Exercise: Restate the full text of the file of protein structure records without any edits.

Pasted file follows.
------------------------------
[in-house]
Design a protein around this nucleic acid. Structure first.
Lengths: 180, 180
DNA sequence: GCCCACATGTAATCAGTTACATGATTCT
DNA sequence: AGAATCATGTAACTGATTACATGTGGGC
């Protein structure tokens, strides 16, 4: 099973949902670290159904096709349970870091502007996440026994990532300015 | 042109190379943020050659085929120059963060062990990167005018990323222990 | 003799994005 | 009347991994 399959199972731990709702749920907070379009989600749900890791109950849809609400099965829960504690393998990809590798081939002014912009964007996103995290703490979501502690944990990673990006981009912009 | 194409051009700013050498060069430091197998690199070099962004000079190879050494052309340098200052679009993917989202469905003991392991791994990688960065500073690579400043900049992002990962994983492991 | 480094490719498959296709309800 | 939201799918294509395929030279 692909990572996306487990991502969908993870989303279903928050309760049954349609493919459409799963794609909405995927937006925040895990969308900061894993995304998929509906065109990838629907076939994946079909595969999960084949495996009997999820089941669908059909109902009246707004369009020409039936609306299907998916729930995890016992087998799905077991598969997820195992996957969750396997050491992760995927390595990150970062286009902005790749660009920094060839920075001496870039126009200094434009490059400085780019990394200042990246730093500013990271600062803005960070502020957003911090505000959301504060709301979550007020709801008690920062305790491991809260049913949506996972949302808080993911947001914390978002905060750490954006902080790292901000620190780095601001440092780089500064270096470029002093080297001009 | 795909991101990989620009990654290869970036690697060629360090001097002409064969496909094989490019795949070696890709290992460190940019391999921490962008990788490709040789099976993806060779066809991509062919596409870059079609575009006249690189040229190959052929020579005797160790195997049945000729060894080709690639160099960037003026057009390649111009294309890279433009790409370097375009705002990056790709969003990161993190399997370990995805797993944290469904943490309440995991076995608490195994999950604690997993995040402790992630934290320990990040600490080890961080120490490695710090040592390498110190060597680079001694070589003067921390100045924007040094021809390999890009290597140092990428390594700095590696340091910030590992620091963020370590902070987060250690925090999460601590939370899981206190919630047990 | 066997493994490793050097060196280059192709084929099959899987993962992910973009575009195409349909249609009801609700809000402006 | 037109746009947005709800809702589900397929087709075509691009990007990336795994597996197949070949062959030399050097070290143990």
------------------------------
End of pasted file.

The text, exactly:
[in-house]
Design a protein around this nucleic acid. Structure first.
Lengths: 180, 180
DNA sequence: GCCCACATGTAATCAGTTACATGATTCT
DNA sequence: AGAATCATGTAACTGATTACATGTGGGC
């Protein structure tokens, strides 16, 4: 099973949902670290159904096709349970870091502007996440026994990532300015 | 042109190379943020050659085929120059963060062990990167005018990323222990 | 003799994005 | 009347991994 399959199972731990709702749920907070379009989600749900890791109950849809609400099965829960504690393998990809590798081939002014912009964007996103995290703490979501502690944990990673990006981009912009 | 194409051009700013050498060069430091197998690199070099962004000079190879050494052309340098200052679009993917989202469905003991392991791994990688960065500073690579400043900049992002990962994983492991 | 480094490719498959296709309800 | 939201799918294509395929030279 692909990572996306487990991502969908993870989303279903928050309760049954349609493919459409799963794609909405995927937006925040895990969308900061894993995304998929509906065109990838629907076939994946079909595969999960084949495996009997999820089941669908059909109902009246707004369009020409039936609306299907998916729930995890016992087998799905077991598969997820195992996957969750396997050491992760995927390595990150970062286009902005790749660009920094060839920075001496870039126009200094434009490059400085780019990394200042990246730093500013990271600062803005960070502020957003911090505000959301504060709301979550007020709801008690920062305790491991809260049913949506996972949302808080993911947001914390978002905060750490954006902080790292901000620190780095601001440092780089500064270096470029002093080297001009 | 795909991101990989620009990654290869970036690697060629360090001097002409064969496909094989490019795949070696890709290992460190940019391999921490962008990788490709040789099976993806060779066809991509062919596409870059079609575009006249690189040229190959052929020579005797160790195997049945000729060894080709690639160099960037003026057009390649111009294309890279433009790409370097375009705002990056790709969003990161993190399997370990995805797993944290469904943490309440995991076995608490195994999950604690997993995040402790992630934290320990990040600490080890961080120490490695710090040592390498110190060597680079001694070589003067921390100045924007040094021809390999890009290597140092990428390594700095590696340091910030590992620091963020370590902070987060250690925090999460601590939370899981206190919630047990 | 066997493994490793050097060196280059192709084929099959899987993962992910973009575009195409349909249609009801609700809000402006 | 037109746009947005709800809702589900397929087709075509691009990007990336795994597996197949070949062959030399050097070290143990």